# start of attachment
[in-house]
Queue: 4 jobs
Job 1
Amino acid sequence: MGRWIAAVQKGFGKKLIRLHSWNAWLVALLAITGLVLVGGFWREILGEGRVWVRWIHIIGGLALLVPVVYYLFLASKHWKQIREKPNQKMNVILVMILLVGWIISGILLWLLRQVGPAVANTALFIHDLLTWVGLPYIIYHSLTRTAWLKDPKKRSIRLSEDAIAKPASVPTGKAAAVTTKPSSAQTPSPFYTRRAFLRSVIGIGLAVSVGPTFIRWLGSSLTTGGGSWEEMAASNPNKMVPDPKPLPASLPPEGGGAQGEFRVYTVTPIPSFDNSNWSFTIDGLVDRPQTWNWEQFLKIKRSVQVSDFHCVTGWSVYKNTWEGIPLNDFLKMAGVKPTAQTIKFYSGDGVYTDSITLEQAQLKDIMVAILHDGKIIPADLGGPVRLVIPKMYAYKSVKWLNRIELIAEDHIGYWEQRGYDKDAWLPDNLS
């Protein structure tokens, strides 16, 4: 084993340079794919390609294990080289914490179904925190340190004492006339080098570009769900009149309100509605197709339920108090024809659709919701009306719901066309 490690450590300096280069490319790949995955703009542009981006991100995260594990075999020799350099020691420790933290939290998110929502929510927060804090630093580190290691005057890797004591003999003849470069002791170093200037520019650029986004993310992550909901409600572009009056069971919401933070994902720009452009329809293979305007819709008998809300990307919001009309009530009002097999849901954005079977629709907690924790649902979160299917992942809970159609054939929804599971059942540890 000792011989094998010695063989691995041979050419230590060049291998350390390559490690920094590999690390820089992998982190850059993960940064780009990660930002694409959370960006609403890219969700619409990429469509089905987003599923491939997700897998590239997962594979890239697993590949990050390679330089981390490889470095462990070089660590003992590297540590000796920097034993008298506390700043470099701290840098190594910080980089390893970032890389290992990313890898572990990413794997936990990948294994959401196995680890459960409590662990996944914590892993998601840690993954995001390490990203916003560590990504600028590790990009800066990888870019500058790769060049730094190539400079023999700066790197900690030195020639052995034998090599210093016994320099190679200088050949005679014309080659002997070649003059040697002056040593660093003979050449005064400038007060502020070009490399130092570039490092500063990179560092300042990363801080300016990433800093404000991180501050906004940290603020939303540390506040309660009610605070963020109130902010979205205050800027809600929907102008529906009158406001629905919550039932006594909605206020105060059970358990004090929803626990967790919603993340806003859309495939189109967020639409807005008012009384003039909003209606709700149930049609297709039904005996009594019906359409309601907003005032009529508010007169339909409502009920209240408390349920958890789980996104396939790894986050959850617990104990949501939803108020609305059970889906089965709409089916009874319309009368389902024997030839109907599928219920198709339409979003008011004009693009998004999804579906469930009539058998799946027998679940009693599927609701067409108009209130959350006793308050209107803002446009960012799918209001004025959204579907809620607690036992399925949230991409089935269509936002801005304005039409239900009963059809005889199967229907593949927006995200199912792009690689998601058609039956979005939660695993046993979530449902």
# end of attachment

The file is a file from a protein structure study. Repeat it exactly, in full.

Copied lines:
[in-house]
Queue: 4 jobs
Job 1
Amino acid sequence: MGRWIAAVQKGFGKKLIRLHSWNAWLVALLAITGLVLVGGFWREILGEGRVWVRWIHIIGGLALLVPVVYYLFLASKHWKQIREKPNQKMNVILVMILLVGWIISGILLWLLRQVGPAVANTALFIHDLLTWVGLPYIIYHSLTRTAWLKDPKKRSIRLSEDAIAKPASVPTGKAAAVTTKPSSAQTPSPFYTRRAFLRSVIGIGLAVSVGPTFIRWLGSSLTTGGGSWEEMAASNPNKMVPDPKPLPASLPPEGGGAQGEFRVYTVTPIPSFDNSNWSFTIDGLVDRPQTWNWEQFLKIKRSVQVSDFHCVTGWSVYKNTWEGIPLNDFLKMAGVKPTAQTIKFYSGDGVYTDSITLEQAQLKDIMVAILHDGKIIPADLGGPVRLVIPKMYAYKSVKWLNRIELIAEDHIGYWEQRGYDKDAWLPDNLS
């Protein structure tokens, strides 16, 4: 084993340079794919390609294990080289914490179904925190340190004492006339080098570009769900009149309100509605197709339920108090024809659709919701009306719901066309 490690450590300096280069490319790949995955703009542009981006991100995260594990075999020799350099020691420790933290939290998110929502929510927060804090630093580190290691005057890797004591003999003849470069002791170093200037520019650029986004993310992550909901409600572009009056069971919401933070994902720009452009329809293979305007819709008998809300990307919001009309009530009002097999849901954005079977629709907690924790649902979160299917992942809970159609054939929804599971059942540890 000792011989094998010695063989691995041979050419230590060049291998350390390559490690920094590999690390820089992998982190850059993960940064780009990660930002694409959370960006609403890219969700619409990429469509089905987003599923491939997700897998590239997962594979890239697993590949990050390679330089981390490889470095462990070089660590003992590297540590000796920097034993008298506390700043470099701290840098190594910080980089390893970032890389290992990313890898572990990413794997936990990948294994959401196995680890459960409590662990996944914590892993998601840690993954995001390490990203916003560590990504600028590790990009800066990888870019500058790769060049730094190539400079023999700066790197900690030195020639052995034998090599210093016994320099190679200088050949005679014309080659002997070649003059040697002056040593660093003979050449005064400038007060502020070009490399130092570039490092500063990179560092300042990363801080300016990433800093404000991180501050906004940290603020939303540390506040309660009610605070963020109130902010979205205050800027809600929907102008529906009158406001629905919550039932006594909605206020105060059970358990004090929803626990967790919603993340806003859309495939189109967020639409807005008012009384003039909003209606709700149930049609297709039904005996009594019906359409309601907003005032009529508010007169339909409502009920209240408390349920958890789980996104396939790894986050959850617990104990949501939803108020609305059970889906089965709409089916009874319309009368389902024997030839109907599928219920198709339409979003008011004009693009998004999804579906469930009539058998799946027998679940009693599927609701067409108009209130959350006793308050209107803002446009960012799918209001004025959204579907809620607690036992399925949230991409089935269509936002801005304005039409239900009963059809005889199967229907593949927006995200199912792009690689998601058609039956979005939660695993046993979530449902």